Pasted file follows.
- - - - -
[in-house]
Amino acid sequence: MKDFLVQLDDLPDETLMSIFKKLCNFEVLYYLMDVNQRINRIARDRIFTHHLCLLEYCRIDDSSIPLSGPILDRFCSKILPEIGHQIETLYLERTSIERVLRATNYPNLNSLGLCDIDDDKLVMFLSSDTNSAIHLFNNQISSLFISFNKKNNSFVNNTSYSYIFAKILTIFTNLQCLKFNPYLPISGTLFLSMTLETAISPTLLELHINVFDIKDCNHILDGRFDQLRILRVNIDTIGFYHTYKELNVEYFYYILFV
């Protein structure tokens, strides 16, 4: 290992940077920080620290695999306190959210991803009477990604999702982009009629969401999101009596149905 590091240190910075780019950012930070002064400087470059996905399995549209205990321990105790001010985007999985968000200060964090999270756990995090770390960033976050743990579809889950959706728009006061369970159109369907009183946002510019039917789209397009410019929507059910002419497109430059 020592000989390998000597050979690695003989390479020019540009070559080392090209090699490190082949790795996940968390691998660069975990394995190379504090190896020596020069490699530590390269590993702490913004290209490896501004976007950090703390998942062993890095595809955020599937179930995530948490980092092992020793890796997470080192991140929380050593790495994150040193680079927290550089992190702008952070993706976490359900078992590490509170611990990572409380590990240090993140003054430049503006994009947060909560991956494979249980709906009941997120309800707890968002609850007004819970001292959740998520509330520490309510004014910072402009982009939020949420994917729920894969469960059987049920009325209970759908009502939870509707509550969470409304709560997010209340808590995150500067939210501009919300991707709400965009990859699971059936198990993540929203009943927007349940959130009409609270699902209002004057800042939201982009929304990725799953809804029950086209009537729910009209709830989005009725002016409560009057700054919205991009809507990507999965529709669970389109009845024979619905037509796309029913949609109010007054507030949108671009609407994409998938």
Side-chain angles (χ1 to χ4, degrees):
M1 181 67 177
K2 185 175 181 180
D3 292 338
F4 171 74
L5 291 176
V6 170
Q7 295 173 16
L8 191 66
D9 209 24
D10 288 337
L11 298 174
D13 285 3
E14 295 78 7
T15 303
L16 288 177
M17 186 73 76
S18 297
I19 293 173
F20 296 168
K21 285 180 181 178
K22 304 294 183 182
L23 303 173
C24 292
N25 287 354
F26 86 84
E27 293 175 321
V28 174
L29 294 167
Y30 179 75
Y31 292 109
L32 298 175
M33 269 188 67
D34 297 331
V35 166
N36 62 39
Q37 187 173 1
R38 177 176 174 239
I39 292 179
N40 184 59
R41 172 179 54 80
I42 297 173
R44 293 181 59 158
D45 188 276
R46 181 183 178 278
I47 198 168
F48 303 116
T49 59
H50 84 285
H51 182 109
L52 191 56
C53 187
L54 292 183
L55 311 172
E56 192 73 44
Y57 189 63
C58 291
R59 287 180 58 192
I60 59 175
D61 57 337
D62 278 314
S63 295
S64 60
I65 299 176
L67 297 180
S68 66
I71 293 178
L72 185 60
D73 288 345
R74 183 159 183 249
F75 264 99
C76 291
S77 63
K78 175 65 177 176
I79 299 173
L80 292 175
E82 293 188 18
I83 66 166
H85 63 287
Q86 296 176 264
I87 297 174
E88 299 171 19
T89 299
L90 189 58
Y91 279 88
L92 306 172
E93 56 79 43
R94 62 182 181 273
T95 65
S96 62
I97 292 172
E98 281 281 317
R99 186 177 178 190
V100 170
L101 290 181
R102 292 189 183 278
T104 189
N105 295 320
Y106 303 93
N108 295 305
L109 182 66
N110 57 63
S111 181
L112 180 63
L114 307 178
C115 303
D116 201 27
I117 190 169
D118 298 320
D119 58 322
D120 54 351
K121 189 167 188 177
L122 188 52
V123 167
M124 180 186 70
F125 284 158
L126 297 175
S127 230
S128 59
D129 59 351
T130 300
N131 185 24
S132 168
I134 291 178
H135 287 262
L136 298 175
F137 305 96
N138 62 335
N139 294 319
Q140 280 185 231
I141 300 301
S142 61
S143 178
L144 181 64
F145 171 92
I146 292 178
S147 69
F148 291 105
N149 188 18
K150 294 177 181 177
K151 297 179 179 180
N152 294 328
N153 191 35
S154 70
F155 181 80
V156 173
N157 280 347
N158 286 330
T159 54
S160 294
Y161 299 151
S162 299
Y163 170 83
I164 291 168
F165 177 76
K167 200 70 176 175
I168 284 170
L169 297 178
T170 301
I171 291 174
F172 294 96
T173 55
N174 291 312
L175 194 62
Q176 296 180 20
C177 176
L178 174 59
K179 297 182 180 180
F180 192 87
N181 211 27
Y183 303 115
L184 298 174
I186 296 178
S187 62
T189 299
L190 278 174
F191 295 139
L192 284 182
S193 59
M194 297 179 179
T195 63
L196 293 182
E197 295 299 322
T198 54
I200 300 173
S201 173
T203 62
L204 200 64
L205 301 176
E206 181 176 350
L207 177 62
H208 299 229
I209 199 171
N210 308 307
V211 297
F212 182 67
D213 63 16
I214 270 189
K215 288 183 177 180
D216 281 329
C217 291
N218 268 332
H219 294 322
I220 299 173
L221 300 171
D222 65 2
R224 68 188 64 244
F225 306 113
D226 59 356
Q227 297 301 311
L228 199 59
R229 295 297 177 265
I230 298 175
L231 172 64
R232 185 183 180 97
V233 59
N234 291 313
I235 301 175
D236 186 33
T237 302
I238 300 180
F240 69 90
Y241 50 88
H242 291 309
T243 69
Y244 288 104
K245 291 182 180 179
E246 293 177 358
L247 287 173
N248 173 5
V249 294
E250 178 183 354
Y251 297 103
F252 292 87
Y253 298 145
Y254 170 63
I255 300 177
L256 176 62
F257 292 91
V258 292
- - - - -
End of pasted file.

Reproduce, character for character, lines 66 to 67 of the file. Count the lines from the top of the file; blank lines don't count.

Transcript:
S64 60
I65 299 176